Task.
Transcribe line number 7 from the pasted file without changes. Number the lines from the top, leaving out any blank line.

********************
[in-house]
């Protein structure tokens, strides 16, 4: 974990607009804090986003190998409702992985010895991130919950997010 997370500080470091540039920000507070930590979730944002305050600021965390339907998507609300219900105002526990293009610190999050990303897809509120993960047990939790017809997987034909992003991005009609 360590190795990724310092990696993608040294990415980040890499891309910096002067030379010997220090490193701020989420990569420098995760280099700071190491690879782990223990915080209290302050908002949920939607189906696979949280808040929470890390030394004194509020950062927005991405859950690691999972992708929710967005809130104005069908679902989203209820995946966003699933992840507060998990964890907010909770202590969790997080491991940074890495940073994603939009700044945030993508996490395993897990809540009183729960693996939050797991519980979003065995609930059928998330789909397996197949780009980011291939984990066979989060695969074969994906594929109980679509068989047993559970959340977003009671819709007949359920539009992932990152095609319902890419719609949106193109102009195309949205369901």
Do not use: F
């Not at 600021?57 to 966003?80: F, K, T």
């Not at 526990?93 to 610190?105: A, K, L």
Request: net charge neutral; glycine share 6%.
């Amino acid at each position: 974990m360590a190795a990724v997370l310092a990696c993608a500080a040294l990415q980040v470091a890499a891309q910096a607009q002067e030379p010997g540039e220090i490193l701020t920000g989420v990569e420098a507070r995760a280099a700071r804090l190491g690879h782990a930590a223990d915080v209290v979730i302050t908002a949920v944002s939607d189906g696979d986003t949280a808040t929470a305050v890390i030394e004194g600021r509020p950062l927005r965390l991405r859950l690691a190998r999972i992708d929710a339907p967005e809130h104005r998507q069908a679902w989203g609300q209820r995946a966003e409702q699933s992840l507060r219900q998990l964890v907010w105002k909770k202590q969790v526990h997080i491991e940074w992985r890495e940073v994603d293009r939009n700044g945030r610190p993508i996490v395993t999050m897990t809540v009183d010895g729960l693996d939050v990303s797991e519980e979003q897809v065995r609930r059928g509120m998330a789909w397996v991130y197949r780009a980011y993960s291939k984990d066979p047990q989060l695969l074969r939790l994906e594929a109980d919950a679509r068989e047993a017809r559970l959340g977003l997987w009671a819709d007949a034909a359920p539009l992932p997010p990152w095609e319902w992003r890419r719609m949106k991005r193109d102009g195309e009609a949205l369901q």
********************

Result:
């Amino acid at each position: 974990m360590a190795a990724v997370l310092a990696c993608a500080a040294l990415q980040v470091a890499a891309q910096a607009q002067e030379p010997g540039e220090i490193l701020t920000g989420v990569e420098a507070r995760a280099a700071r804090l190491g690879h782990a930590a223990d915080v209290v979730i302050t908002a949920v944002s939607d189906g696979d986003t949280a808040t929470a305050v890390i030394e004194g600021r509020p950062l927005r965390l991405r859950l690691a190998r999972i992708d929710a339907p967005e809130h104005r998507q069908a679902w989203g609300q209820r995946a966003e409702q699933s992840l507060r219900q998990l964890v907010w105002k909770k202590q969790v526990h997080i491991e940074w992985r890495e940073v994603d293009r939009n700044g945030r610190p993508i996490v395993t999050m897990t809540v009183d010895g729960l693996d939050v990303s797991e519980e979003q897809v065995r609930r059928g509120m998330a789909w397996v991130y197949r780009a980011y993960s291939k984990d066979p047990q989060l695969l074969r939790l994906e594929a109980d919950a679509r068989e047993a017809r559970l959340g977003l997987w009671a819709d007949a034909a359920p539009l992932p997010p990152w095609e319902w992003r890419r719609m949106k991005r193109d102009g195309e009609a949205l369901q």